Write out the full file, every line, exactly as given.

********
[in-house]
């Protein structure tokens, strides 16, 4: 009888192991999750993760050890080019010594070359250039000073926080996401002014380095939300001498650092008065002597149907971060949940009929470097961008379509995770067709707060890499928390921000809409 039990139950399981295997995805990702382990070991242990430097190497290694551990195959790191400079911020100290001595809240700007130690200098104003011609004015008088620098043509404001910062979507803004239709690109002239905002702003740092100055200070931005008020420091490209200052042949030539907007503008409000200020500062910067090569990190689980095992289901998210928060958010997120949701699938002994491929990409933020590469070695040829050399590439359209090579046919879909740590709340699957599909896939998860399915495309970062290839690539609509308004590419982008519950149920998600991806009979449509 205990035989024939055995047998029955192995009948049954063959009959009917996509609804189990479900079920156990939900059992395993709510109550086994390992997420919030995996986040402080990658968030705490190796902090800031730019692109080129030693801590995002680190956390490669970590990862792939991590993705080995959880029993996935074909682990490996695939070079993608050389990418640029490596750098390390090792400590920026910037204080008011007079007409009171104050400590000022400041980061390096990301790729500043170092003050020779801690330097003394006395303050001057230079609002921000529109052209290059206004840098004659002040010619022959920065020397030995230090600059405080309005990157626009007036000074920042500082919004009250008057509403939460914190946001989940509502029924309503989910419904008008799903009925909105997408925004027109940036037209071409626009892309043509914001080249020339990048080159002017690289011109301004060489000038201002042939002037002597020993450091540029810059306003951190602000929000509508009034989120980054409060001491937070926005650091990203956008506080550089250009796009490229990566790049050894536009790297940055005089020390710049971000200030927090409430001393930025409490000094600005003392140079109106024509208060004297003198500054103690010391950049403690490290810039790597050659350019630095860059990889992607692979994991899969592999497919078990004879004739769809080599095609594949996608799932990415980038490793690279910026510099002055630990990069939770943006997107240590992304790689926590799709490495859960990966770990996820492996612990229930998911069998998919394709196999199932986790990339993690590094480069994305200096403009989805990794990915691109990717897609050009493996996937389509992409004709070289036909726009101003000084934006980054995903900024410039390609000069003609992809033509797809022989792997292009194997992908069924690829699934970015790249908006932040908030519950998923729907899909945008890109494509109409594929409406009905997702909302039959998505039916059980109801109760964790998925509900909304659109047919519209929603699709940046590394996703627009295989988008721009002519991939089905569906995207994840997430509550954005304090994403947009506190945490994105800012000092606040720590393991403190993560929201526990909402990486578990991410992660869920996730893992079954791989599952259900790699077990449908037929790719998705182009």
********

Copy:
[in-house]
């Protein structure tokens, strides 16, 4: 009888192991999750993760050890080019010594070359250039000073926080996401002014380095939300001498650092008065002597149907971060949940009929470097961008379509995770067709707060890499928390921000809409 039990139950399981295997995805990702382990070991242990430097190497290694551990195959790191400079911020100290001595809240700007130690200098104003011609004015008088620098043509404001910062979507803004239709690109002239905002702003740092100055200070931005008020420091490209200052042949030539907007503008409000200020500062910067090569990190689980095992289901998210928060958010997120949701699938002994491929990409933020590469070695040829050399590439359209090579046919879909740590709340699957599909896939998860399915495309970062290839690539609509308004590419982008519950149920998600991806009979449509 205990035989024939055995047998029955192995009948049954063959009959009917996509609804189990479900079920156990939900059992395993709510109550086994390992997420919030995996986040402080990658968030705490190796902090800031730019692109080129030693801590995002680190956390490669970590990862792939991590993705080995959880029993996935074909682990490996695939070079993608050389990418640029490596750098390390090792400590920026910037204080008011007079007409009171104050400590000022400041980061390096990301790729500043170092003050020779801690330097003394006395303050001057230079609002921000529109052209290059206004840098004659002040010619022959920065020397030995230090600059405080309005990157626009007036000074920042500082919004009250008057509403939460914190946001989940509502029924309503989910419904008008799903009925909105997408925004027109940036037209071409626009892309043509914001080249020339990048080159002017690289011109301004060489000038201002042939002037002597020993450091540029810059306003951190602000929000509508009034989120980054409060001491937070926005650091990203956008506080550089250009796009490229990566790049050894536009790297940055005089020390710049971000200030927090409430001393930025409490000094600005003392140079109106024509208060004297003198500054103690010391950049403690490290810039790597050659350019630095860059990889992607692979994991899969592999497919078990004879004739769809080599095609594949996608799932990415980038490793690279910026510099002055630990990069939770943006997107240590992304790689926590799709490495859960990966770990996820492996612990229930998911069998998919394709196999199932986790990339993690590094480069994305200096403009989805990794990915691109990717897609050009493996996937389509992409004709070289036909726009101003000084934006980054995903900024410039390609000069003609992809033509797809022989792997292009194997992908069924690829699934970015790249908006932040908030519950998923729907899909945008890109494509109409594929409406009905997702909302039959998505039916059980109801109760964790998925509900909304659109047919519209929603699709940046590394996703627009295989988008721009002519991939089905569906995207994840997430509550954005304090994403947009506190945490994105800012000092606040720590393991403190993560929201526990909402990486578990991410992660869920996730893992079954791989599952259900790699077990449908037929790719998705182009």